(h) I am not a disciple of Sir Stafford Cripps but I submit it is grossly unfair to point the finger at England's planned economy until it has had several years longer to get going. One cannot help but feel however the force of Winston Churchill's cruel jibe. He pointed to Sir Stafford and quipped "There, but for the grace of God, goes God!"
(i) When the masses were taught to read and write, the chances for this were greatly reduced. In the old days only the ruling classes were called upon to work out the salvation of society. Now "everybody want to get into the act." If too many cooks threaten to spoil the broth, it is inevitable that some attempt must be made to regulate the cooks.
(j) You should read Henshaw Ward, who demonstrates the undemonstrability of the existance of any Moral law other than the concensus of opinion of mankind at any time and place, which concensus can vary and fluctuate. The only alternative to this is to postulate a revealed morality. This, except for a few religionists, the world is not yet ready to do.
(k) They are virtues only when done by Russians. We consider them virtues when done by Americans. To be sure we sugar-coat the pill with a thousand euphonies so that we succeed admirably in kidding ourselves.
(l) Meditate a bit on the philosophy of Quakerism. Non-resistance is one of the approaches to an answer. Are you able to bring yourself to this solution? I'm not. Even if theoretically their thesis is unanswerable.
(m) Unfortunately these are not dogs, but people. What a woeful blind alley we are travelling when we realize that they are sons and daughters of our common Heavenly Father -- brothers and sisters of the Son of Man. So what? I dunno.
(n) Consider our morality as of AD 1948. The severed 'profit motive' allows as much dog-eat-dog as any slave system ever permitted. In the old south the slave system was often quite paternalistic. Now we tell them they are free and equal and then set the Ku Klux Klan after them.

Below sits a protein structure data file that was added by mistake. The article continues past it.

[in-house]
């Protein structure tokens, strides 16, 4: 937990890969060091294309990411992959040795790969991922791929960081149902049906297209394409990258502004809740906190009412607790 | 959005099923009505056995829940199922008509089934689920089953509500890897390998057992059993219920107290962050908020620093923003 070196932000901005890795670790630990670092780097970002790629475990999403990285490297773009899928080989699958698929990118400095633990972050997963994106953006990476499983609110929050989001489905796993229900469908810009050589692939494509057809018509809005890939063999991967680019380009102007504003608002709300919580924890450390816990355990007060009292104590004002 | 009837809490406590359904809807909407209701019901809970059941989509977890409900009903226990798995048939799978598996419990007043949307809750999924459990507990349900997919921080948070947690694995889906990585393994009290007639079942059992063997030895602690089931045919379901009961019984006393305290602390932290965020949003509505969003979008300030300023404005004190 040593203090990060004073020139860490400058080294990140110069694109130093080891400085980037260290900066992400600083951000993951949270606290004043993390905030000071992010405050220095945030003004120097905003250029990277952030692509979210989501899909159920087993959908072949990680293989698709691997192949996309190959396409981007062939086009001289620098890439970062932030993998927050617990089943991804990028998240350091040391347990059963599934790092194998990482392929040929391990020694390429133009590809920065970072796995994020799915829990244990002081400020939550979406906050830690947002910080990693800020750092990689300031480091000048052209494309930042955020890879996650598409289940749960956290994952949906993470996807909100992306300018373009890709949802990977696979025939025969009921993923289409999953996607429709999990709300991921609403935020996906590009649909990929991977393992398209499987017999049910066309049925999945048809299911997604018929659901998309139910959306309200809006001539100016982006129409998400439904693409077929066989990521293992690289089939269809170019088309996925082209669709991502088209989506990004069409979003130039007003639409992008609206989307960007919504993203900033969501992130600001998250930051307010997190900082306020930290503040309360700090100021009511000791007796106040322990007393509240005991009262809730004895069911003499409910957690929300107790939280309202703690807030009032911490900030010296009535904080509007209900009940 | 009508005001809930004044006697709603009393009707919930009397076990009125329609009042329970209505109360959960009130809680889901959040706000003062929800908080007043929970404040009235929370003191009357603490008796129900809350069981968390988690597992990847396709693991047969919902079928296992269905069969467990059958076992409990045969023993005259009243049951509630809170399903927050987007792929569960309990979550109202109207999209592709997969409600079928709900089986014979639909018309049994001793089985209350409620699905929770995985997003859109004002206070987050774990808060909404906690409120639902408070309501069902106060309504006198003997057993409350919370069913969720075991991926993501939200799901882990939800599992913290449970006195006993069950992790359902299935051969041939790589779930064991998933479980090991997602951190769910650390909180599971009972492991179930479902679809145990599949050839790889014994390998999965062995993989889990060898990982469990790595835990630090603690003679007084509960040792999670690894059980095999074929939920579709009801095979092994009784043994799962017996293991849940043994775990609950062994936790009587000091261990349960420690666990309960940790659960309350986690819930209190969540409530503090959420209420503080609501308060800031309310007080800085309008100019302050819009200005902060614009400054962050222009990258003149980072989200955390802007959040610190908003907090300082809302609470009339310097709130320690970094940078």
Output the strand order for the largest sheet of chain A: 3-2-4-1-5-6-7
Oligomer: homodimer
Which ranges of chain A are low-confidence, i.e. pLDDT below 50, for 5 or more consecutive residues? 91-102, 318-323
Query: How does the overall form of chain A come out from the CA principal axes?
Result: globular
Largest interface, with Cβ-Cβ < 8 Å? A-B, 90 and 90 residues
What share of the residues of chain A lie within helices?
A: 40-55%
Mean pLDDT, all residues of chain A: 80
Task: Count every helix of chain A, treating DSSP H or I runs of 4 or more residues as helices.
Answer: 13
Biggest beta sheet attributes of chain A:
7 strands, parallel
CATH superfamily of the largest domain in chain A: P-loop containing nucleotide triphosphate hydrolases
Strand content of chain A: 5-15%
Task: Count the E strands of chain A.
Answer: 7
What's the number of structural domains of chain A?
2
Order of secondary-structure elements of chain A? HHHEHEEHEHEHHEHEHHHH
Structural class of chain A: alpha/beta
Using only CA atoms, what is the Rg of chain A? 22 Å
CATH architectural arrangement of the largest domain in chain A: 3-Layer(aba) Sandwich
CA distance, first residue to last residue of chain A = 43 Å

(o) "Live" insofar as resistance to interferance from other nations. This does not care too well for the "living" problems of a domestic nature -- unless and until the autocracy takes a paternalistic complexion, restraining the strong from preying upon the weak.
(p) I hope you are right. I fear you are wrong. The "New Deal" has been so damned and derided that one wonders if it can ever be revised in our time if need should arise. This much I know -- if conditions of 1931 - 1932 - 1933 should ever return, we shall have substantially what we had under the New Deal, or we shall have rioting and red revolution by violence. The American people are an impatient people, a violent and an impetuous people. We do so like to tell ourselves otherwise -- to picture ourselves as peace loving -- generous -- highly civilized. Our veneer is in point of fact very thin. We are stinking rotten rich in the natural resources of our incredible continent. As long as the gravy holds out we can dwell in some semblance of civilized amity. When it runs short, either through exhaustion or through economic mal-adjustment, we can behave ourselves most unseemly "till dazed by many doubts we wake the drumming guns that know no doubts."
So we poor religionists continue to occupy ourselves with the thoughts of a "kingdom which is not of this world." Our lives are one long series of compromises, which we must concede if we are to live in a society so far short of the ideal. But we should never kid ourselves -- they are compromises, Make-shifts. As such they fail to bring full satisfactions -- but what else can one do?
Regards -- A. W.